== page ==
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When I was new to raw feeding, many people were feeding raw salmon. I was happy to add it to my dogs' diet, but I wanted a source that was safe (didn't have fish with parasites). During my search for that source, we happened to see a news story warning pet parents about salmon poisoning in their dogs and this immediately halted my plans to feed salmon to my dogs.
Benefits of Salmon for Dogs
Before we jump into the “bad news,” we need to discuss WHY we should add salmon to our dogs' diet. Personally, I like salmon because it's rich in Omega 3 fatty acids as well as Vitamin E. Of course, I could get this by adding salmon oil to my dogs' meals, but I much prefer whole food because it's more affordable, readily available here in the Pacific Northwest, and I believe whole food is more bioavailable.
Salmon is an excellent protein to add to the rotation because it's rich in nutrients.
- Astaxamthin, which is an antioxidant that I've never heard of before that supports cognitive, cardiac, and skin health, while supporting the nervous system.
- B vitamins, which support cognitive and cardiac health, helps the body produce energy, and helps to control inflammation.
- Omega 3 fatty acids, which are shown to reduce inflammation and allergies, improve skin and coat health, while boosting cognitive health, gut health, and the immune system.
- Potassium, which helps muscles contract and relax, keeping them healthy.
- Selenium, which supports bone health, the thyroid, and is said to help prevent cancer.
- Atlantic salmon is rich in Vitamin E; trout is as well.
Plus, feeding salmon means that I don't have to add salmon oil. Plus I can feed salmon as my dogs' main protein, if I have enough, instead of part of the meal.
Dogs and Salmon Poisoning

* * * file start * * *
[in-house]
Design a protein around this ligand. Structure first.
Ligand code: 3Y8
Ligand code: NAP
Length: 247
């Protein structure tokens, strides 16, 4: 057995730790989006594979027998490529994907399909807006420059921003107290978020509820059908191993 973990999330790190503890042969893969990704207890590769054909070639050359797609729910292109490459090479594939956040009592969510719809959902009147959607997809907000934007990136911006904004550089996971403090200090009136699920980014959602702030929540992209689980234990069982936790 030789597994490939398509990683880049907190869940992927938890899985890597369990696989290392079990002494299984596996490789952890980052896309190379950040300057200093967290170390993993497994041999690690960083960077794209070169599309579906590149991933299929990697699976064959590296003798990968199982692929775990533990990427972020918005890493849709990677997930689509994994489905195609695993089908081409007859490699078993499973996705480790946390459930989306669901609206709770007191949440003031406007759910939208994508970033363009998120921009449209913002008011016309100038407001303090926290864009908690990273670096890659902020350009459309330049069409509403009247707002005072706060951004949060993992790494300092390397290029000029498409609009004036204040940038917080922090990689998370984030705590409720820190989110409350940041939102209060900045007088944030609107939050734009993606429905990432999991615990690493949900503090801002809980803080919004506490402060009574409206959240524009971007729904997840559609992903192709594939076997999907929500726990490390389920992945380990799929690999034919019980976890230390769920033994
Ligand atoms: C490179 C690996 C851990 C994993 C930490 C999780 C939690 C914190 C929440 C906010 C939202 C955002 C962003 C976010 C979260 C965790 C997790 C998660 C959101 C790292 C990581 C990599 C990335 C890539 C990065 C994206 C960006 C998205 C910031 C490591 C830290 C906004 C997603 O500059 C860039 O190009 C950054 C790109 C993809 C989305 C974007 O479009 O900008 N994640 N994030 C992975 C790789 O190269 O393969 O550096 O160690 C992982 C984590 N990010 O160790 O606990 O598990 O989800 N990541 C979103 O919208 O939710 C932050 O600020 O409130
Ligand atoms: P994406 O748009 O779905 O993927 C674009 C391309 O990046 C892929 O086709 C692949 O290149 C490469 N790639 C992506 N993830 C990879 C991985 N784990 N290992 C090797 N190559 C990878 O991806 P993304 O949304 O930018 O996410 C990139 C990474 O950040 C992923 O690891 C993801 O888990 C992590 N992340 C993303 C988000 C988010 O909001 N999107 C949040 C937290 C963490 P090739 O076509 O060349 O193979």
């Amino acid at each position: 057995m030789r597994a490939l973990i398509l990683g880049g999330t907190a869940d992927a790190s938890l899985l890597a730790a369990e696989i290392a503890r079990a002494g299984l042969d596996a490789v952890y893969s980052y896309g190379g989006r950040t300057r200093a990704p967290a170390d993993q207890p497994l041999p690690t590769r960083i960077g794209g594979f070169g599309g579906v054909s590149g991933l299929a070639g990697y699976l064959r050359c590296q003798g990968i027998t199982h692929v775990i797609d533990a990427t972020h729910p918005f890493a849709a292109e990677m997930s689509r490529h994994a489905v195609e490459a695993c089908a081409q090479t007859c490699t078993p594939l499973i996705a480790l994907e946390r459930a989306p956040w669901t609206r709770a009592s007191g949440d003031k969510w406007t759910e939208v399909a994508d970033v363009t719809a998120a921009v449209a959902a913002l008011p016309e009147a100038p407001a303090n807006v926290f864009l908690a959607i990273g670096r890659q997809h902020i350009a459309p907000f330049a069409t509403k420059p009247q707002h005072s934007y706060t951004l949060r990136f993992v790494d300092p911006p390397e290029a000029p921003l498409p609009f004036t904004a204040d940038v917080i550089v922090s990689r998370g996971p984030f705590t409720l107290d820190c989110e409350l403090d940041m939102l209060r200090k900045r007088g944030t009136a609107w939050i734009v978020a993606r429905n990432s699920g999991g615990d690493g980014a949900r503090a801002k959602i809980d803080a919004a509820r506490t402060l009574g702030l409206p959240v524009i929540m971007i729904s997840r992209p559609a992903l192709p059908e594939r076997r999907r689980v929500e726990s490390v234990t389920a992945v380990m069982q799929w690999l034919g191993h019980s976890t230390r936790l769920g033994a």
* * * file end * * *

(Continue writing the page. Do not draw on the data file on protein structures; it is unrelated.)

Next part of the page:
Despite the benefits of salmon, there is a risk that has concerned me – salmon poisoning. Reading up on feeding salmon to dogs, I learned that while other animals (raccoons, bears, wolves, eagles, etc.) can eat raw fish, dogs cannot. Today, I know that this isn't 100% true. I feed raw sardines, mackerel, trout, white fish, and salmon to my dogs and have never had an issue because I get my fish from quality sources.
However, it is true that dogs are the only species susceptible to salmon poisoning, which occurs when a dog eats raw salmon that is infected with the Neorickettsia helminthoeca (wow, I have no idea how to pronounce this) parasite. Trout and other fish that is infected is cause for alarm as well.
Later, I read that the risk of salmon poisoning is with salmon caught on the west coast (Pacific Ocean). However, Northwest Naturals has a salmon recipe that includes Pacific salmon and my dogs have eaten it without a problem.
Salmon poisoning is typically linked to a visit to a beach or river where a dog has an opportunity to dine on an infected fish, but some feel that raw fish from the grocery store or something caught locally can also be infected.
You can learn more from the following sources:
- Salmon Poisoning Disease, Washington State University
- Salmon Poisoning, VCA Hospitals
- Salmon Poisoning Disease and Dogs, PetMD.com
- Dog Gets Salmon Poisoning at Normandy Park Beach